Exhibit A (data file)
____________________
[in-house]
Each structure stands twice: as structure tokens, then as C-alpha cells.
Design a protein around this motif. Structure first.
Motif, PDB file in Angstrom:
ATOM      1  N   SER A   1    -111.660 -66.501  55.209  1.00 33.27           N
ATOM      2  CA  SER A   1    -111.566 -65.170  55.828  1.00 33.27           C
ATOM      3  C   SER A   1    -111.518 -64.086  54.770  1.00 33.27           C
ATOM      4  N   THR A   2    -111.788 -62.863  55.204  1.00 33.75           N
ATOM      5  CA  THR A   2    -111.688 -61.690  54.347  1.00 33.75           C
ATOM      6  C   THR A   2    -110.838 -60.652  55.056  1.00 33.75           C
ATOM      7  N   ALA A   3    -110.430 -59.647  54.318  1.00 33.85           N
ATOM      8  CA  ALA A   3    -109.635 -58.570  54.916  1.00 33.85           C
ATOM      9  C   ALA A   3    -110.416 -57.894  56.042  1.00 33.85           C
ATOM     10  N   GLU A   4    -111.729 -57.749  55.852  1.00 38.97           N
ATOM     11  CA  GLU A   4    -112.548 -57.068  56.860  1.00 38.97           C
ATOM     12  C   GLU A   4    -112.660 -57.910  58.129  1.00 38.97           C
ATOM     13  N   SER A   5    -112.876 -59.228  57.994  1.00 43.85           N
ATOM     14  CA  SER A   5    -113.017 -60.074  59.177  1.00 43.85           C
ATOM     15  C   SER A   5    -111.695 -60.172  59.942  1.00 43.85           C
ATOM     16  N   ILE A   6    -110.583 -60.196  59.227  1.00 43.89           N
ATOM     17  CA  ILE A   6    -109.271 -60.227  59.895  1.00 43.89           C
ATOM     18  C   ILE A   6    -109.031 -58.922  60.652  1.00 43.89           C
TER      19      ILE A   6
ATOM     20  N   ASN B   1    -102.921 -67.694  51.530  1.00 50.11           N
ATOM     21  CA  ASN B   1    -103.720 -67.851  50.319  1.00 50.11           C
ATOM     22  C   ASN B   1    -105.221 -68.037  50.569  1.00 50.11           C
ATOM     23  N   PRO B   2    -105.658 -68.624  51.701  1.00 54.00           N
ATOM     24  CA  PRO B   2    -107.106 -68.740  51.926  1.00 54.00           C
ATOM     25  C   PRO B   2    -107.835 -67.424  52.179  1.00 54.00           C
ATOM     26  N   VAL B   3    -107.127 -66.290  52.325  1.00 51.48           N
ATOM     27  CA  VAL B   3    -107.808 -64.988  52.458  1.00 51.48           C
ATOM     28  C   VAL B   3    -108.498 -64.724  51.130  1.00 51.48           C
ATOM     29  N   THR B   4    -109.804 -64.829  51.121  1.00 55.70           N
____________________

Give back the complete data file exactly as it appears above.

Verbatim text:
[in-house]
Each structure stands twice: as structure tokens, then as C-alpha cells.
Design a protein around this motif. Structure first.
Motif, PDB file in Angstrom:
ATOM      1  N   SER A   1    -111.660 -66.501  55.209  1.00 33.27           N
ATOM      2  CA  SER A   1    -111.566 -65.170  55.828  1.00 33.27           C
ATOM      3  C   SER A   1    -111.518 -64.086  54.770  1.00 33.27           C
ATOM      4  N   THR A   2    -111.788 -62.863  55.204  1.00 33.75           N
ATOM      5  CA  THR A   2    -111.688 -61.690  54.347  1.00 33.75           C
ATOM      6  C   THR A   2    -110.838 -60.652  55.056  1.00 33.75           C
ATOM      7  N   ALA A   3    -110.430 -59.647  54.318  1.00 33.85           N
ATOM      8  CA  ALA A   3    -109.635 -58.570  54.916  1.00 33.85           C
ATOM      9  C   ALA A   3    -110.416 -57.894  56.042  1.00 33.85           C
ATOM     10  N   GLU A   4    -111.729 -57.749  55.852  1.00 38.97           N
ATOM     11  CA  GLU A   4    -112.548 -57.068  56.860  1.00 38.97           C
ATOM     12  C   GLU A   4    -112.660 -57.910  58.129  1.00 38.97           C
ATOM     13  N   SER A   5    -112.876 -59.228  57.994  1.00 43.85           N
ATOM     14  CA  SER A   5    -113.017 -60.074  59.177  1.00 43.85           C
ATOM     15  C   SER A   5    -111.695 -60.172  59.942  1.00 43.85           C
ATOM     16  N   ILE A   6    -110.583 -60.196  59.227  1.00 43.89           N
ATOM     17  CA  ILE A   6    -109.271 -60.227  59.895  1.00 43.89           C
ATOM     18  C   ILE A   6    -109.031 -58.922  60.652  1.00 43.89           C
TER      19      ILE A   6
ATOM     20  N   ASN B   1    -102.921 -67.694  51.530  1.00 50.11           N
ATOM     21  CA  ASN B   1    -103.720 -67.851  50.319  1.00 50.11           C
ATOM     22  C   ASN B   1    -105.221 -68.037  50.569  1.00 50.11           C
ATOM     23  N   PRO B   2    -105.658 -68.624  51.701  1.00 54.00           N
ATOM     24  CA  PRO B   2    -107.106 -68.740  51.926  1.00 54.00           C
ATOM     25  C   PRO B   2    -107.835 -67.424  52.179  1.00 54.00           C
ATOM     26  N   VAL B   3    -107.127 -66.290  52.325  1.00 51.48           N
ATOM     27  CA  VAL B   3    -107.808 -64.988  52.458  1.00 51.48           C
ATOM     28  C   VAL B   3    -108.498 -64.724  51.130  1.00 51.48           C
ATOM     29  N   THR B   4    -109.804 -64.829  51.121  1.00 55.70           N